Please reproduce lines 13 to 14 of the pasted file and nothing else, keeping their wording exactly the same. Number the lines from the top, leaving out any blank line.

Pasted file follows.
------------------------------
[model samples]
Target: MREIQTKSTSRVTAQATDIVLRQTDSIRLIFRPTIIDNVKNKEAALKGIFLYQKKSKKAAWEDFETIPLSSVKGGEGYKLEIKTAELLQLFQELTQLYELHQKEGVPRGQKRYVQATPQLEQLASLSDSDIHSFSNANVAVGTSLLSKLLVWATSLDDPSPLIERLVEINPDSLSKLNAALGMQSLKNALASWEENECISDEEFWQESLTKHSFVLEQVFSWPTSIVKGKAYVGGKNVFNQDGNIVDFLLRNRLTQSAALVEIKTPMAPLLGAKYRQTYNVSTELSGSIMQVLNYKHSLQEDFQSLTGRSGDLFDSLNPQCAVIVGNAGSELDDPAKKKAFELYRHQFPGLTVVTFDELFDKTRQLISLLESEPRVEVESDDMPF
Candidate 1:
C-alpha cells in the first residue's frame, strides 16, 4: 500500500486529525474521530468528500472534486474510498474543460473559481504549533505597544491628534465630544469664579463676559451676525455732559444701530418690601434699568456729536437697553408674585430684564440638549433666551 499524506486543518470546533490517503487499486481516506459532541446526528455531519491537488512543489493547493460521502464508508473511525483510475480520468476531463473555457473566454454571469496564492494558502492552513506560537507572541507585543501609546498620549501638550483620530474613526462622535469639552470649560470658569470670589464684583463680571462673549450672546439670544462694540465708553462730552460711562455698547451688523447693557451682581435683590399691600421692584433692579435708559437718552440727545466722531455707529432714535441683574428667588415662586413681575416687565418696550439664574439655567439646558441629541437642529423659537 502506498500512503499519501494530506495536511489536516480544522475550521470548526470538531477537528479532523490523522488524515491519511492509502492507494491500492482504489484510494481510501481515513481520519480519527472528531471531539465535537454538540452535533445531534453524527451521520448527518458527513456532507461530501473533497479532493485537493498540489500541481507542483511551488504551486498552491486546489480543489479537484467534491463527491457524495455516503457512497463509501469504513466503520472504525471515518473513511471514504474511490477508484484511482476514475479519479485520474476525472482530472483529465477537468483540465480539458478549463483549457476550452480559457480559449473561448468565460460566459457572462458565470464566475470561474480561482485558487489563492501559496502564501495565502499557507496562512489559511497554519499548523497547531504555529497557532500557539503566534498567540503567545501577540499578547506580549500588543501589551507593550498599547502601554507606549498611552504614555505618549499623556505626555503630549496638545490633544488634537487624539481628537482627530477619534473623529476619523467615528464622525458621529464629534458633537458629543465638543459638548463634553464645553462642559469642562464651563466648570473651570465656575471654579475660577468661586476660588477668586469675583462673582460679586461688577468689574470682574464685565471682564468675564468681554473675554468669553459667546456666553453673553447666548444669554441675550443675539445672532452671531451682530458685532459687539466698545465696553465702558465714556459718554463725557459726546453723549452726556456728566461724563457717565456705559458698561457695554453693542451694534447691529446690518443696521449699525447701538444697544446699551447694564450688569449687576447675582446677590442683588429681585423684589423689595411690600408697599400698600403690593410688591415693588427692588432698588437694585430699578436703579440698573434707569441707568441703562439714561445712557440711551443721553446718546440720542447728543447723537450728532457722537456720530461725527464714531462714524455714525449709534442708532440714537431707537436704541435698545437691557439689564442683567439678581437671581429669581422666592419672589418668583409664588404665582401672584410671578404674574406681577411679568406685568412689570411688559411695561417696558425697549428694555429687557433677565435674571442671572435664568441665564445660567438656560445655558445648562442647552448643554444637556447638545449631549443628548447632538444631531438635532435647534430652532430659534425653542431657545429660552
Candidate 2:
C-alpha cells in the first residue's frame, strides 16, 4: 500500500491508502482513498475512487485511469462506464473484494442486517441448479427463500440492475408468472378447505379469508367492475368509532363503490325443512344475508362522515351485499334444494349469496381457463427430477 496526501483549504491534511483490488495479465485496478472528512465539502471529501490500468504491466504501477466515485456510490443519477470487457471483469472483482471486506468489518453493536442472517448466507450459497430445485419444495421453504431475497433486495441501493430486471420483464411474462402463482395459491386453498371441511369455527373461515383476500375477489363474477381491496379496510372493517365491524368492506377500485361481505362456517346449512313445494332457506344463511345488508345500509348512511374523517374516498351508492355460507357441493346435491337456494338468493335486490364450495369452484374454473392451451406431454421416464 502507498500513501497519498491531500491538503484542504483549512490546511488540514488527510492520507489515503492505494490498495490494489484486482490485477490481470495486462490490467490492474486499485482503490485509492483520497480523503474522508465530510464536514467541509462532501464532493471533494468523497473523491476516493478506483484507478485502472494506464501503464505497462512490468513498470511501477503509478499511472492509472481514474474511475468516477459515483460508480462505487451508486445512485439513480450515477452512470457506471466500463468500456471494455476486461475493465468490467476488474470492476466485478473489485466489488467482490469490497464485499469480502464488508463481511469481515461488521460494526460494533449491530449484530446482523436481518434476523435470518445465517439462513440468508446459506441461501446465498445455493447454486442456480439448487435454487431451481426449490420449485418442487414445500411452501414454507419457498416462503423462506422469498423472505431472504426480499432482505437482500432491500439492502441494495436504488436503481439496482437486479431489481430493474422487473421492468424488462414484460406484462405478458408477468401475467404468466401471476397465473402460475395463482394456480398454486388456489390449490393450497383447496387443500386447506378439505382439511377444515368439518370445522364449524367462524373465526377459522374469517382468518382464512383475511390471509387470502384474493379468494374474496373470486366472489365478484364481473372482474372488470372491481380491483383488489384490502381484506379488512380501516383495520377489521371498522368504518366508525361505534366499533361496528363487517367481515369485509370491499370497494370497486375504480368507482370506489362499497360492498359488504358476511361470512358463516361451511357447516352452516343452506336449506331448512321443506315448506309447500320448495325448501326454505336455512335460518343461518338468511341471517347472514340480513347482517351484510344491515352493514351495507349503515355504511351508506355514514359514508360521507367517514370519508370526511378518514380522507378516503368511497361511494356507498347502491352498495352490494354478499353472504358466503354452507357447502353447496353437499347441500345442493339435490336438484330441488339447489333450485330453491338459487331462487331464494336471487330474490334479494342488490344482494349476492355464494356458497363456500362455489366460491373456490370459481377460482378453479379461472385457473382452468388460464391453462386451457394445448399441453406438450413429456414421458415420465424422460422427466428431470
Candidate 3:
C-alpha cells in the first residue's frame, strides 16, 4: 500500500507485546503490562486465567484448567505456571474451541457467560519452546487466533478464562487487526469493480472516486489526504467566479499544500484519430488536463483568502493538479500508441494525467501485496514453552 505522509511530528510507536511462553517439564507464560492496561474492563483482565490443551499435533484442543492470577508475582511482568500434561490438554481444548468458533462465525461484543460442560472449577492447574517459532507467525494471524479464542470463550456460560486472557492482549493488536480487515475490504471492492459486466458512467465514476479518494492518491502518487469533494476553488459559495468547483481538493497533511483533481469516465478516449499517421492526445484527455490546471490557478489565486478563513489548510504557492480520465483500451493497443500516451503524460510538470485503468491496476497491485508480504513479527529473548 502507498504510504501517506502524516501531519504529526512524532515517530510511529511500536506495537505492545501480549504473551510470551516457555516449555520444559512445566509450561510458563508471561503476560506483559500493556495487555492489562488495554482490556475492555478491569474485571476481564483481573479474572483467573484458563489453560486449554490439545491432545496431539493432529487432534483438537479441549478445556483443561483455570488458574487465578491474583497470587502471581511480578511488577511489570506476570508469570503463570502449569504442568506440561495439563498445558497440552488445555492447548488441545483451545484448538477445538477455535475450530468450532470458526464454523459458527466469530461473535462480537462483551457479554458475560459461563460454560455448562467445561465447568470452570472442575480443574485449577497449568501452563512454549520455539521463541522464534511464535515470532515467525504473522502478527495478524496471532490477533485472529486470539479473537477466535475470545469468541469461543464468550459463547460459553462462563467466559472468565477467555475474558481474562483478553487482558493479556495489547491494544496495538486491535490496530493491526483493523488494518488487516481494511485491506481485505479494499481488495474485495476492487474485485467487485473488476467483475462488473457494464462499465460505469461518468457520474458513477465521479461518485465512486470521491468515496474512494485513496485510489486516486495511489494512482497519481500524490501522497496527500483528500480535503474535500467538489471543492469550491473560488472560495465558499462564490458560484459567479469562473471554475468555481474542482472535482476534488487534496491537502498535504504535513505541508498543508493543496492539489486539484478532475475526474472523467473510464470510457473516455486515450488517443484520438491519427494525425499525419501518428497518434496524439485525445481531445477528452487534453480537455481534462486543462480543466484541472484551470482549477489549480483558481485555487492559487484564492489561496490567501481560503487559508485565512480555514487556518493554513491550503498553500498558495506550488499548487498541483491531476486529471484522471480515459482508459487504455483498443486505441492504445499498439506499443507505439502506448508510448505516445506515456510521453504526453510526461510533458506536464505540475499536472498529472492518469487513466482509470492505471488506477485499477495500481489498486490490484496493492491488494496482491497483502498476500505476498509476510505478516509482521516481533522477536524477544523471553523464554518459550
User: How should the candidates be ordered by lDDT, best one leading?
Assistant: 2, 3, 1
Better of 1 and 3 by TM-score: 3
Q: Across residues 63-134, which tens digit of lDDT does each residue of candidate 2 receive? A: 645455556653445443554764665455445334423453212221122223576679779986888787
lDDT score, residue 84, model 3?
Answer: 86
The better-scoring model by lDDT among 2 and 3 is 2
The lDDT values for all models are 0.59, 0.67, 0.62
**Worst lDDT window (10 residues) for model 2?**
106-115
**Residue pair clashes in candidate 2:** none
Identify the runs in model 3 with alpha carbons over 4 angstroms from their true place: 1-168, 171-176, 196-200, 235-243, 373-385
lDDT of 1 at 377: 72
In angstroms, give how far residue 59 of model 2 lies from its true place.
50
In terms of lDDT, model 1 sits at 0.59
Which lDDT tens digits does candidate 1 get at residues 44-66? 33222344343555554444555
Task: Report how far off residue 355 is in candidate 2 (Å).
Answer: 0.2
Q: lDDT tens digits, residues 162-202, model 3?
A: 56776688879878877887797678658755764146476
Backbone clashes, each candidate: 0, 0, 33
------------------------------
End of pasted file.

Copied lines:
lDDT score, residue 84, model 3?
Answer: 86